JG: If sovereignty is understood as an all or nothing game, then we lose the nuance of the historical moment in which Haiti became independent. Historians of slavery and emancipation have introduced the idea that there are degrees of freedom. Freedom was not and is not all or nothing and neither is sovereignty. If you think about sovereignty as a spectrum rather than as a yes or no answer, then there were all these ways that Haiti was recognized and was therefore not isolated. But the isolationist thesis covers up all of these different layers by assuming that diplomatic non-recognition tells us the whole story about Haiti’s place in the Atlantic World. What I found was that foreign governments and merchants were fully willing to engage economically with Haiti, which then led to forms of implicit or de facto recognition. This implicit recognition was often hashed out in Admiralty courts, but it also had some implications for popular understandings of Haiti’s status and whether it was independent or not. So it’s not only layers of recognition, but the relationship between those layers was not very well defined or clear cut.
RG: Between 1803 and 1806, Jean-Jacques Dessalines attempted to secure a trade agreement with British officials in Jamaica. During this period, you argue that the “British engaged in an intricate dance of containment, isolation and engagement with Saint Domingue/Haiti in an effort to reap the greatest benefit without further disruption to colonialism and slavery.” How do you make sense of Britain’s stance vis-à-vis Haiti?
JG: The most important contextual feature of this time period was that it was a time of war, which meant that the British had multiple goals in mind when negotiating with Haitian leaders. Rather than complying with French calls for European or white imperial unity, the British saw Haiti as an opportunity both in terms of war strategy and in terms of commerce. Of course, engaging with Haiti involved certain risks and the British were well aware of that. In particular, they wanted reassurance that the plantation economy in Jamaica would not collapse because of a similar slave revolt or revolution. As a result, there was an aspect of containment that the British focused on in their relationship with Haiti.
In order to contain the revolution, the British tried to prevent Haitians from leaving Haiti. They wanted a barrier around the island and they also withheld diplomatic recognition. However, the isolation was only in one direction. They allowed British merchant and admiralty ships go to Haiti, but they weren’t willing to let Haitian ships leave. They were ultimately willing to engage economically, but they wanted to control the relationship. France’s huge economic loss in Haiti was to their benefit not only because France no longer had this income, but also because it allowed Britain to establish an informal commercial empire in Haiti without the responsibility of actual governance. Ultimately, the British had all these different priorities, which I think surprises people who are thinking about this from a twentieth-first century perspective. We assume that their only concerns were the maintenance of slavery and the centrality of racism–which were very important—but, they also had competing factors such as the ongoing war with France.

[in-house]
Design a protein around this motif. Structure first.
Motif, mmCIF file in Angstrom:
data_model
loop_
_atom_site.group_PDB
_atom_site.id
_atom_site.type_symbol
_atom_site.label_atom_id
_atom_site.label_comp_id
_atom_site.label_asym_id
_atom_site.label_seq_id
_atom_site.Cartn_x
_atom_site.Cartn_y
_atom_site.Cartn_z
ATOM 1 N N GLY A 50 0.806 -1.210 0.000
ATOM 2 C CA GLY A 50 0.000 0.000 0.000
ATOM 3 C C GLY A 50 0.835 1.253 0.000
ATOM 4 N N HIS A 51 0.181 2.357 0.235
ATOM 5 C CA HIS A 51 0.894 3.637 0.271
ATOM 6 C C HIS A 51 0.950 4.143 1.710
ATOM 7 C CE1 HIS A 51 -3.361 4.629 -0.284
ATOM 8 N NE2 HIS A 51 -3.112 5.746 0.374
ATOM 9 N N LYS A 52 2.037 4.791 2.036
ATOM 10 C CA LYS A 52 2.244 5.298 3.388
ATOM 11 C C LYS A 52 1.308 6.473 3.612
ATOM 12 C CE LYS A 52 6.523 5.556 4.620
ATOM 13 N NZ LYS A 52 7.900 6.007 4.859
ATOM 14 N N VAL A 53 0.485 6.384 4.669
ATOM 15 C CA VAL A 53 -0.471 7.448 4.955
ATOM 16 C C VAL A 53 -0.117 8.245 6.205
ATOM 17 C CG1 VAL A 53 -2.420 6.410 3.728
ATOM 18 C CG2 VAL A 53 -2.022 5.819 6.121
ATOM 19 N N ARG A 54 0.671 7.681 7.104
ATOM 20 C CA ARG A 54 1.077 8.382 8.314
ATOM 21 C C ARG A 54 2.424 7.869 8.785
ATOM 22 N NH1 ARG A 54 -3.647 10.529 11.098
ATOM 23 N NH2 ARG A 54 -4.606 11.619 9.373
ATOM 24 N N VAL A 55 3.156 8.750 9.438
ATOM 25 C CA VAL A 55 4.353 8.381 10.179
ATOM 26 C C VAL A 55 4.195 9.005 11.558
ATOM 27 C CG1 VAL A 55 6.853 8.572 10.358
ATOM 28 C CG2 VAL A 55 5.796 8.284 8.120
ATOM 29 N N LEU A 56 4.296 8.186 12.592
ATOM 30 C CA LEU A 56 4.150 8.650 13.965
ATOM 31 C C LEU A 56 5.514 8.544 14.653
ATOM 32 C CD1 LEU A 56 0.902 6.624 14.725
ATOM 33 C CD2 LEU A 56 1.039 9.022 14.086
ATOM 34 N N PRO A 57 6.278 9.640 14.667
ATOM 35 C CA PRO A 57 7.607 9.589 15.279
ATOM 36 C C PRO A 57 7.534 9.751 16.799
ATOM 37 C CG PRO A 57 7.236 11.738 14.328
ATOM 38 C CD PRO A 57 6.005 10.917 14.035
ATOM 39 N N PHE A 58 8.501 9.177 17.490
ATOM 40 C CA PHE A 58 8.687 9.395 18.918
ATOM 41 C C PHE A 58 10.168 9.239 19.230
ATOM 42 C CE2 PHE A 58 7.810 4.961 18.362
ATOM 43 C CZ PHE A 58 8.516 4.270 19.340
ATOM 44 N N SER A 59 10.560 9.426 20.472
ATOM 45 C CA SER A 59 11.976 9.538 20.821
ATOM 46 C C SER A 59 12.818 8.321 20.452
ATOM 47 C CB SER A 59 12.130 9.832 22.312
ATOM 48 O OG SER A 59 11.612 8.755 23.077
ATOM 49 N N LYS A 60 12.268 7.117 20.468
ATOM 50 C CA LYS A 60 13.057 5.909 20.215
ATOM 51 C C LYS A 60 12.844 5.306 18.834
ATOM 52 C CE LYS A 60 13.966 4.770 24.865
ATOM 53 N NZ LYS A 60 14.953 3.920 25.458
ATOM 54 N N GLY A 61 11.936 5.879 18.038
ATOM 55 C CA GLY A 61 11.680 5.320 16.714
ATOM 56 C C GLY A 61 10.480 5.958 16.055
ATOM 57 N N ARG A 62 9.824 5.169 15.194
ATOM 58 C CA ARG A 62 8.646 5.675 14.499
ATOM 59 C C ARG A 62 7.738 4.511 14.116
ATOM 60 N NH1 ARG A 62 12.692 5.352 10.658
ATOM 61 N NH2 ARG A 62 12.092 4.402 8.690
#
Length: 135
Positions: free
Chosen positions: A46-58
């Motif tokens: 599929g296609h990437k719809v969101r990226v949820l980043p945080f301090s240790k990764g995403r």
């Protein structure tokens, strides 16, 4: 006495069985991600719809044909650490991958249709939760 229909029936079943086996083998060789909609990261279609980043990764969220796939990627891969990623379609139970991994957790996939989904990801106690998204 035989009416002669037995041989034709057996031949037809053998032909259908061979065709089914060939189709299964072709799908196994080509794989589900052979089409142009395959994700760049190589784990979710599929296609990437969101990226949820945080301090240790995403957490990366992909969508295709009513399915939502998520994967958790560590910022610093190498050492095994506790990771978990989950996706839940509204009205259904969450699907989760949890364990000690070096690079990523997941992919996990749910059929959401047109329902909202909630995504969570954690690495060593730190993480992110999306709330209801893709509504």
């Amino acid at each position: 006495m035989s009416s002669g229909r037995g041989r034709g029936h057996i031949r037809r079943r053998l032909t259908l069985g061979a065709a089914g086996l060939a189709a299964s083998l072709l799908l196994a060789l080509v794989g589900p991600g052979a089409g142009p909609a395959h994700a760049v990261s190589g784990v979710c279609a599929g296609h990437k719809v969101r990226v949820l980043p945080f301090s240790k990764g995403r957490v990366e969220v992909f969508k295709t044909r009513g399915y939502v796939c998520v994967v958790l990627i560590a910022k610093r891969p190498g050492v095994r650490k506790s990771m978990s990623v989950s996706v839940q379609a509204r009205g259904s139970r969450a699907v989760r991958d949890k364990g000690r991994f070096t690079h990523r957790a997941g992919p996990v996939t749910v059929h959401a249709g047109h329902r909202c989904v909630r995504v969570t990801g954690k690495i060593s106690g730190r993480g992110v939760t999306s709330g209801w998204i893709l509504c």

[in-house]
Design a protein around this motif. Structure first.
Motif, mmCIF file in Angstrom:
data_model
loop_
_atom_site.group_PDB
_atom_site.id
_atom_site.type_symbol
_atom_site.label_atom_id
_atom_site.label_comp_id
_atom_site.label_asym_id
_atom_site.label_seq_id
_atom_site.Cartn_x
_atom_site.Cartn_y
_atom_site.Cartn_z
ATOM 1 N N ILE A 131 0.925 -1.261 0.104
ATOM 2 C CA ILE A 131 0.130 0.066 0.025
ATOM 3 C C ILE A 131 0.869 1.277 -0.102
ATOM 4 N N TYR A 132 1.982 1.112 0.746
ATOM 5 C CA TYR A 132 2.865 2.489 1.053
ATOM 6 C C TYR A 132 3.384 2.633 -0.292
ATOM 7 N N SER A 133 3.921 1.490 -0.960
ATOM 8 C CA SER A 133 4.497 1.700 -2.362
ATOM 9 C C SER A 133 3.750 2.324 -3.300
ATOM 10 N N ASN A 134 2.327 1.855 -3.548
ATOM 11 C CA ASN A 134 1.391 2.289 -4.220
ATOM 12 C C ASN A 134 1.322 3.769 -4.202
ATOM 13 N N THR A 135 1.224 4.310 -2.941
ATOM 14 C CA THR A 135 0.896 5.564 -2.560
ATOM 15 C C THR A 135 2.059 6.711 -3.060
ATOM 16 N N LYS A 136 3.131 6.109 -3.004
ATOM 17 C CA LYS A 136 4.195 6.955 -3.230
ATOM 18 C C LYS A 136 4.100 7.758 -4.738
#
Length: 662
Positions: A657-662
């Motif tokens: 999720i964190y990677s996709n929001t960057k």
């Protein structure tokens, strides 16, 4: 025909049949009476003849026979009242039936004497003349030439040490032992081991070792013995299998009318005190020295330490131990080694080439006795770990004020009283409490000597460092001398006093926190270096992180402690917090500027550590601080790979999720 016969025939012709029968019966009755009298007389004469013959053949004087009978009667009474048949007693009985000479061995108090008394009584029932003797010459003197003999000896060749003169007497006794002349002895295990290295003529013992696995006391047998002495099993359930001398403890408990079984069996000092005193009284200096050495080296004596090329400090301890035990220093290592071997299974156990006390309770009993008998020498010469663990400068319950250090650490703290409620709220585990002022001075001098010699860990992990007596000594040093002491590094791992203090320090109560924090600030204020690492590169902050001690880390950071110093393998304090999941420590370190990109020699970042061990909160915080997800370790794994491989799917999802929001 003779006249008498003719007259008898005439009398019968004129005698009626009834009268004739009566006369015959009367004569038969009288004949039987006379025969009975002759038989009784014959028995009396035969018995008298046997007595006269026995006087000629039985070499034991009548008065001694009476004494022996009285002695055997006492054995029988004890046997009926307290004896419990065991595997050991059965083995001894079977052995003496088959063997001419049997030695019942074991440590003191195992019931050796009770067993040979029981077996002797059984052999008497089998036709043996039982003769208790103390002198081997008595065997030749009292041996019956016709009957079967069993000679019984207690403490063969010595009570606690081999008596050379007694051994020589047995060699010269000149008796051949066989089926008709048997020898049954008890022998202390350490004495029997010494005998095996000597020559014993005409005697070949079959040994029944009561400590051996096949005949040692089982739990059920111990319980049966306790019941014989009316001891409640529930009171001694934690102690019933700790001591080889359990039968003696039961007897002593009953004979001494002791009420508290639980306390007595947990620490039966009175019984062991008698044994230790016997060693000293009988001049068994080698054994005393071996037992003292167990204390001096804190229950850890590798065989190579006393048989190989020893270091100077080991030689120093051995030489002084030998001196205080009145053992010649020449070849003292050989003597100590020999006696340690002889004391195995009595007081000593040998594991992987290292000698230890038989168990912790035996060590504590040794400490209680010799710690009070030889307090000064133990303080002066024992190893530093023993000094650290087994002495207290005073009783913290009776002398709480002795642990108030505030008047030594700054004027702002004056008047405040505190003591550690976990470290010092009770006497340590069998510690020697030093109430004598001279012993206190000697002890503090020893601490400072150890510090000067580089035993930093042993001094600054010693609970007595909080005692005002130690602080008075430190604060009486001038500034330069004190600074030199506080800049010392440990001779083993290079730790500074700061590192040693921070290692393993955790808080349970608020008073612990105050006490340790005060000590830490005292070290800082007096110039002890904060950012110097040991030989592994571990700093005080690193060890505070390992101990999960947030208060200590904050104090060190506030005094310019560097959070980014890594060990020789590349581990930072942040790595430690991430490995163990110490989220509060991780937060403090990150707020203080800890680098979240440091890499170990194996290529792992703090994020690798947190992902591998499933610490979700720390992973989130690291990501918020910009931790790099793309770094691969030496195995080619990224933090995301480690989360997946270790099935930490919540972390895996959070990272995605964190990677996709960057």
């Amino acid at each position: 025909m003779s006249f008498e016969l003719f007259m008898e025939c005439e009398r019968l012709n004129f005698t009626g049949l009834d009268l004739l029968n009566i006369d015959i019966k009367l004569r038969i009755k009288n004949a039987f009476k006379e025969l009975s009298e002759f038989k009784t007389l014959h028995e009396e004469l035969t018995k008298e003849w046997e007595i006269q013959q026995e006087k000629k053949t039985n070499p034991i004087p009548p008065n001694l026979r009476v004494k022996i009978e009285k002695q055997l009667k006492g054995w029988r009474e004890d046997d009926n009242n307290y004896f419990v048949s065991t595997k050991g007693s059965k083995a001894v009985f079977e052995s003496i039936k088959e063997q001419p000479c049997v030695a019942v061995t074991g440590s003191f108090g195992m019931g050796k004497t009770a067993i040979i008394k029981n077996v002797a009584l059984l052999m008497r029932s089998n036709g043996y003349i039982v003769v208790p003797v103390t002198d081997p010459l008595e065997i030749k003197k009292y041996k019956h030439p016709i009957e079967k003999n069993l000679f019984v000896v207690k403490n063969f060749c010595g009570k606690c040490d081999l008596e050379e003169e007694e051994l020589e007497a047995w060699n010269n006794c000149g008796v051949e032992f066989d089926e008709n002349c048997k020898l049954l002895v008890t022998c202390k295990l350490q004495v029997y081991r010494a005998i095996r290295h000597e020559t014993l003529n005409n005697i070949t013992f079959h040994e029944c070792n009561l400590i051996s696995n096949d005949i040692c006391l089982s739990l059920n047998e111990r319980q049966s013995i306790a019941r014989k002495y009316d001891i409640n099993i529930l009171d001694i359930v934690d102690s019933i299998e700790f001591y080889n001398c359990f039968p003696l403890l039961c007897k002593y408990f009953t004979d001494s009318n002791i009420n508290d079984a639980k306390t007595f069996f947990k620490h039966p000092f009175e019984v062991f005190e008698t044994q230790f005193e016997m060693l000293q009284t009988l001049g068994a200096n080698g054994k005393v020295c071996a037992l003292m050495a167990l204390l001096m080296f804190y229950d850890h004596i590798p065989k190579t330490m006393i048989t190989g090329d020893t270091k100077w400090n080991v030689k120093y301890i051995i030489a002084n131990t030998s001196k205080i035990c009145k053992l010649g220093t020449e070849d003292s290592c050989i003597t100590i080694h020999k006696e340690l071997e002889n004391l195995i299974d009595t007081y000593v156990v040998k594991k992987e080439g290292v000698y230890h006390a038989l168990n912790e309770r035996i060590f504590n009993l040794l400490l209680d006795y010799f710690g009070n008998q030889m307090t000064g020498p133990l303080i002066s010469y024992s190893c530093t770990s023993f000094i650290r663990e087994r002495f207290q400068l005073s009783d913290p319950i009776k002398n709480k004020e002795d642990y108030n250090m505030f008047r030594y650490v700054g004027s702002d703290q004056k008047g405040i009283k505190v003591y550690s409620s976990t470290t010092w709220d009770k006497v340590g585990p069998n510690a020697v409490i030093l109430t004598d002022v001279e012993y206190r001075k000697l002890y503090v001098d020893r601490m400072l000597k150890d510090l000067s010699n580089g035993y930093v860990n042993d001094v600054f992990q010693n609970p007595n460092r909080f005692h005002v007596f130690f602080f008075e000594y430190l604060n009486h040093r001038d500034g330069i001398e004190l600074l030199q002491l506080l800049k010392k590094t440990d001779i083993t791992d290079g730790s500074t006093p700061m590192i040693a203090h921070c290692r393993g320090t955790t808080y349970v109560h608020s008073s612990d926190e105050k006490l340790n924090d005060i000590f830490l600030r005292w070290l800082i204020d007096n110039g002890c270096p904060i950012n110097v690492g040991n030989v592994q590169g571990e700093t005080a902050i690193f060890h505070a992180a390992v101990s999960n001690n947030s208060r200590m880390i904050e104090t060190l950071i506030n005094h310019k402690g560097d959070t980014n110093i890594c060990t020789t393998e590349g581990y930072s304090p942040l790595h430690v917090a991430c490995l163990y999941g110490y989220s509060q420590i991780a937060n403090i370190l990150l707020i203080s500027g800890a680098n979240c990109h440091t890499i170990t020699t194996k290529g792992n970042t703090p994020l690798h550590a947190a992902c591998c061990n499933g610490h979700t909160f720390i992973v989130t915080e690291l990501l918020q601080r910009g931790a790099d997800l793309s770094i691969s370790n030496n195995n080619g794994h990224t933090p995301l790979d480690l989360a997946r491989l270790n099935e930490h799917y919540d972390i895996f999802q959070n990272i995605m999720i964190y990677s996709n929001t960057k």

Haitian leaders were well aware of Britain’s competing objectives and interacted with British officials and commercial agents very strategically. The book calls attention to the diplomatic savvy of Haitian leaders in playing these imperial powers off of each other and knowing that there were competing interests that they could take advantage of and because of this they resisted conceding to British demands.
RG: Your book demonstrates that Haitian leaders were able to cultivate important economic relationships with foreign powers during the early years of independence, despite the lack of diplomatic recognition. However, in the conclusion, you briefly discuss how Haiti’s fraught diplomatic status affected the new nation. How did the struggle to secure diplomatic recognition affect internal affairs in early independent Haiti?
JG: One point that I discuss in the book, which I think is key but really difficult to find in the sources, is the issue of dignity. It was only after my book was published that I found the perfect way to articulate the importance of dignity to Haitian officials. In The Wretched of the Earth, Frantz Fanon writes, “The African peoples quickly realized that dignity and sovereignty were exact equivalents.” The importance of dignity is really hard to trace in the archival record, but the lack of diplomatic recognition denied the Haitian state dignity and legitimacy in both international and internal relationships.
Another example of the internal implications can be seen during the period of civil war; had foreign governments recognized either Alexandre Pétion’s or Henry Christophe’s government, it would have given them the power to actually rule the entire country. In the longer term, and I think there’s still a lot of research to be done on this, formal recognition might have affected the relationship between the state and the nation, as Michel-Rolph Trouillot has described it. Had the Haitian state enjoyed international legitimacy, I think that relationship might have looked different in the nineteenth century.
Reena Goldthree is an Assistant Professor of African and African American Studies at Dartmouth College. Her current book project is titled Democracy Shall be no Empty Romance: War and the Politics of Empire in the Greater Caribbean.